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Topics - government.agent
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General Discussion / Double Density Dreams
« on: October 08, 2006, 01:08:39 am »
I can't shake this wave of nostalgia I've been feeling lately, so I wrote down some memories from the days of the commodore 64 for the enjoyment of all.

You'll probably only relate to this if you were alive during that time and actually had a commodore 64, just a warning. I'll probably be doing some more writing over the next few days so if you like what you see, just reply and I'll post more in this thread. Of course, feel free to post up some of your own!


"What games do you have?" I asked Tom.

Tom's handle was "TinyT" on the BBS we were a member of. We had talked about meeting for weeks and had bumped into each other at a BBS party. His name was an inverse parody -- Tom was built like an extra-large eggplant and weighed at least 300 pounds.

He had a habit of wiping the thin red hairs on his chin and upper lip with his hand--a gold class ring stood out on his ring finger. His cheeks were as orange as the crusty film of cheetos powder on his fingertips.

He looked at the shelf above the commodore monitor. Side by side sat tan-white containers with smokey-gray plastic lids. In each were those five-and-a-quarter floppies of various colors. Tom grunted and wiped his mouth.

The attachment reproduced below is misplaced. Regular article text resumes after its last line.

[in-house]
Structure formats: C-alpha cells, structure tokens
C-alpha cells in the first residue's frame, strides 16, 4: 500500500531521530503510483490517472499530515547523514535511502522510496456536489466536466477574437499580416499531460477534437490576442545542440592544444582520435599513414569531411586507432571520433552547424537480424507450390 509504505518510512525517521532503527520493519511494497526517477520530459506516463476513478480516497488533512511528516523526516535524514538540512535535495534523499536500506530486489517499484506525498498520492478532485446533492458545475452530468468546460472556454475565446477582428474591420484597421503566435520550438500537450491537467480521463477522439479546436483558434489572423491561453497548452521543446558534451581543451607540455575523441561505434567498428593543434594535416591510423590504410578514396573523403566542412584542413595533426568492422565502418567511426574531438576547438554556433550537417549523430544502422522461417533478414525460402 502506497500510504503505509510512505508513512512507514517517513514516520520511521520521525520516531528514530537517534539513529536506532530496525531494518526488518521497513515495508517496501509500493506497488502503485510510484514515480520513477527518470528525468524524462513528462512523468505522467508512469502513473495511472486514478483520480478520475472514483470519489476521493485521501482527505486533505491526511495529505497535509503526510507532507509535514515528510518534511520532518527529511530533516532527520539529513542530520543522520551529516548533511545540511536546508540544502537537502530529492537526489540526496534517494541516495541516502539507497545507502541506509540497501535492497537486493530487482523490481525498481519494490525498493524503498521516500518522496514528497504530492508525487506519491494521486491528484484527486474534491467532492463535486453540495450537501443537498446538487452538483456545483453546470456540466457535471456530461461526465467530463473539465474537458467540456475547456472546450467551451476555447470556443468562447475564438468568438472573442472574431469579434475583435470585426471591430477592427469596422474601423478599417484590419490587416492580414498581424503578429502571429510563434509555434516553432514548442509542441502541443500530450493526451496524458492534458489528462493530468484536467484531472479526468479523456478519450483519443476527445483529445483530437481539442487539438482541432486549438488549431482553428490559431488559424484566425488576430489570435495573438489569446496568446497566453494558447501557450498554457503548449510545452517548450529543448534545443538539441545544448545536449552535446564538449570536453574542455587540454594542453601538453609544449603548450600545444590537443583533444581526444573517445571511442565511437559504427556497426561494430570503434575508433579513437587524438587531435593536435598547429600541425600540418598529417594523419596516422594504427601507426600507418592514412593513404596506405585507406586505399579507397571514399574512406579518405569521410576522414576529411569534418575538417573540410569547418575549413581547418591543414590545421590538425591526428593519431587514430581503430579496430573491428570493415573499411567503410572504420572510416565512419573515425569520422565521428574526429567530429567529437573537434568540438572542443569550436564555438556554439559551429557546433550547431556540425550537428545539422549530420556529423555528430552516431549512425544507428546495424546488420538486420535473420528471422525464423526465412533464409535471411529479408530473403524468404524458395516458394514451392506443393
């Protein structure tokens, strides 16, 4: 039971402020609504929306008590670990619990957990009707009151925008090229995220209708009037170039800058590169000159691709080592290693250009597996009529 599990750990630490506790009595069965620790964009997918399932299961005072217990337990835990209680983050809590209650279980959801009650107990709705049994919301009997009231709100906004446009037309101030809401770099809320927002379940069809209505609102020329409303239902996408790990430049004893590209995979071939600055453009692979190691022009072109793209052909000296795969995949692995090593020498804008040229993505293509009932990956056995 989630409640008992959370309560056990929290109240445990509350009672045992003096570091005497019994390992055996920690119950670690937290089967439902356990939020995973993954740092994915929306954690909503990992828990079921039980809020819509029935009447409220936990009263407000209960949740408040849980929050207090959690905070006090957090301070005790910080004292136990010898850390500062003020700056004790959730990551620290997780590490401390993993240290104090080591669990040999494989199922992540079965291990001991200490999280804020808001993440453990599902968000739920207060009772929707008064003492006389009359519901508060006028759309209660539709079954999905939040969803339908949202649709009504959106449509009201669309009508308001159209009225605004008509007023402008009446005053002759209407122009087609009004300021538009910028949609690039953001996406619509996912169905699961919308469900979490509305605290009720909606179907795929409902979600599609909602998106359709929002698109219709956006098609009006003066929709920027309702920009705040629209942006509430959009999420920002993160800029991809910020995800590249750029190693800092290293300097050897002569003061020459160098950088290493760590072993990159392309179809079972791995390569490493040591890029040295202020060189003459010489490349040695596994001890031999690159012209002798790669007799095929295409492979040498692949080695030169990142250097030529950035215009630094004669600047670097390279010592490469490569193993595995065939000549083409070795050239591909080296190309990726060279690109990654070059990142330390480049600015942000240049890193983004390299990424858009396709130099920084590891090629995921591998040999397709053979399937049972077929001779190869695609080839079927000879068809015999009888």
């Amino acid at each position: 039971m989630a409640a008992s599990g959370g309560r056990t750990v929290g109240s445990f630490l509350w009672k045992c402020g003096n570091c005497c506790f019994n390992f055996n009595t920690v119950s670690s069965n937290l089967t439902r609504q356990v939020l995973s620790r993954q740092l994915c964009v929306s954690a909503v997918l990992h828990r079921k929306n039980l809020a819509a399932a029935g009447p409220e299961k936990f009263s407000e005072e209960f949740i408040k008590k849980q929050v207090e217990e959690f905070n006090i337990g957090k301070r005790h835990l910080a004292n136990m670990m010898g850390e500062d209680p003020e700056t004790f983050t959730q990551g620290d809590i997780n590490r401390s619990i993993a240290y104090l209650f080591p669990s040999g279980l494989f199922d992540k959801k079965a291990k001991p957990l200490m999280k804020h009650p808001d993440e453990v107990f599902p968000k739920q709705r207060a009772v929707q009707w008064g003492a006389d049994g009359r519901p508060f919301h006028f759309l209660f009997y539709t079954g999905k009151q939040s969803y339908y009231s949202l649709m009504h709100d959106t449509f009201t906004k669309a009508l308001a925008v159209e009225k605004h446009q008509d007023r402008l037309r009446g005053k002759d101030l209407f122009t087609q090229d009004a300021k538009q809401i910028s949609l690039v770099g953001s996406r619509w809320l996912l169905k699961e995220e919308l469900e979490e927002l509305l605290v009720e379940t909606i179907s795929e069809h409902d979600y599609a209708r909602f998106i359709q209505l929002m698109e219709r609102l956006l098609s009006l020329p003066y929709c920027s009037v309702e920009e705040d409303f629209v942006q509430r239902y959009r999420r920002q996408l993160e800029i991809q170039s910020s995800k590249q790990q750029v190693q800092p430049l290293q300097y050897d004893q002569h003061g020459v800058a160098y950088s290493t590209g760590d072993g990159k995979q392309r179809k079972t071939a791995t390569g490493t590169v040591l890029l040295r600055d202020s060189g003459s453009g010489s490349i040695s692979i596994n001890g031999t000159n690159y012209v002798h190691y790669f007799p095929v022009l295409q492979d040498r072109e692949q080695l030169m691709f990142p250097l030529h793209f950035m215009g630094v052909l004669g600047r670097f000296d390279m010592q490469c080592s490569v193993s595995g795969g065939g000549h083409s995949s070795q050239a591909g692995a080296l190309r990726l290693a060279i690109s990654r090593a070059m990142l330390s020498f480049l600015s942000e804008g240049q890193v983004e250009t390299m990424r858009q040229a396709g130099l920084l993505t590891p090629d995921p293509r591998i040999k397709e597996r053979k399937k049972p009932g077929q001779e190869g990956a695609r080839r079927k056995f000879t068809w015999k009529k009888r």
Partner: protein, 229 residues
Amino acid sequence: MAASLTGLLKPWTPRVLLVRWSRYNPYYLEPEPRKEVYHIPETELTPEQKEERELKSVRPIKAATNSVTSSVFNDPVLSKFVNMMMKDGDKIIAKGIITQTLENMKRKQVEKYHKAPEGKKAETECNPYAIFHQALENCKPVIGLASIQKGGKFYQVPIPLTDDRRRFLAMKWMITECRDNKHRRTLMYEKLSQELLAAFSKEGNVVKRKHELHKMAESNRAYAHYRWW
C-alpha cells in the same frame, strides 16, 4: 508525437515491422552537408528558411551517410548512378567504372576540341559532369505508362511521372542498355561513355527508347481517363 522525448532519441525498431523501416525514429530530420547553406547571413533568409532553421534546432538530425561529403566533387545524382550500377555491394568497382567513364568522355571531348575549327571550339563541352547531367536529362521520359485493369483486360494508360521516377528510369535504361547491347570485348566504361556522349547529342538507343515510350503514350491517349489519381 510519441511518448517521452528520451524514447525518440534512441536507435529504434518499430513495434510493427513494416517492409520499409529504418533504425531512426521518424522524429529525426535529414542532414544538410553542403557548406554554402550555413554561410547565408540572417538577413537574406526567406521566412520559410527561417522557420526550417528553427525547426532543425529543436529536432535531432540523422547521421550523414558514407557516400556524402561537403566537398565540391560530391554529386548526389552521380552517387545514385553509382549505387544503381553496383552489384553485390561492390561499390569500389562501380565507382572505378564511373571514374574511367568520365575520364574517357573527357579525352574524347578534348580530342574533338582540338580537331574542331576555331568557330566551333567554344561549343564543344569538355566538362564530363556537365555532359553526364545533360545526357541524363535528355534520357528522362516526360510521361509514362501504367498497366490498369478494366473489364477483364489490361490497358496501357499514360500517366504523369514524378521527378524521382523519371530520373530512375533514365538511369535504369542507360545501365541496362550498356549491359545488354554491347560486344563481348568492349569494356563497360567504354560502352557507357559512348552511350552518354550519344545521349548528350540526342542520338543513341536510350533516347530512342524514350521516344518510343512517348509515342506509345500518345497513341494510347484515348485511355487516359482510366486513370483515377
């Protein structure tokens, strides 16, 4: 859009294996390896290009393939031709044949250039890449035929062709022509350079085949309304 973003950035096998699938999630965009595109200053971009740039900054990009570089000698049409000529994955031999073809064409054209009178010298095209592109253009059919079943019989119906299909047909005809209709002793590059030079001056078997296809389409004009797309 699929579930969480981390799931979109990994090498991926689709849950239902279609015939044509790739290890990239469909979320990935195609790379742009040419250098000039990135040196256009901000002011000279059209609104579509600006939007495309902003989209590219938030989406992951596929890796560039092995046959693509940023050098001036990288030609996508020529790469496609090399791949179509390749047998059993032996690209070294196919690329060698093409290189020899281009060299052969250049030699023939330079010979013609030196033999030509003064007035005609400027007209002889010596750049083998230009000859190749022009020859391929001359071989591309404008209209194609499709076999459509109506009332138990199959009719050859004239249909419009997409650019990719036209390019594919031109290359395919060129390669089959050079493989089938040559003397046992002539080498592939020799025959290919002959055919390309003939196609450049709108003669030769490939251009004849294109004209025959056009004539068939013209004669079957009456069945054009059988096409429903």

"What games... do you want?" he said in much the same way a Sultan might ask his son how much gold he wanted before venturing out on a particularly lengthy journey.

I stared at the rows of disks. In my hands were three blank Fuji disks--one red, one green, and one black. Each had a blank lapel on the front. My heart sank as I realized how unprepared I had come for this meeting. Tom reached for his bag of cheetos--the foil bag crackled as his fingers withdrew a few and tossed them into his maw.

"What are you playing lately?" I said.

"Ultima three, elite, and of course international karate two. Just got yie ar kung fu," he said.

"What's ultima three?" I said.

Tom smiled and winked. He pulled a black disk out of a box and popped it into his fifteen-forty-one. He entered the commands on the rich, blue screen.

"It's an adventure game. Takes a lot of patience. Not a shoot up or anything like that. Relaxing. Very relaxing," Tom said.

The screen came up a few minutes later and he brought up his party screen. I was instantly entranced. The music sang to me like an old friend.

"Can I have that?" I said.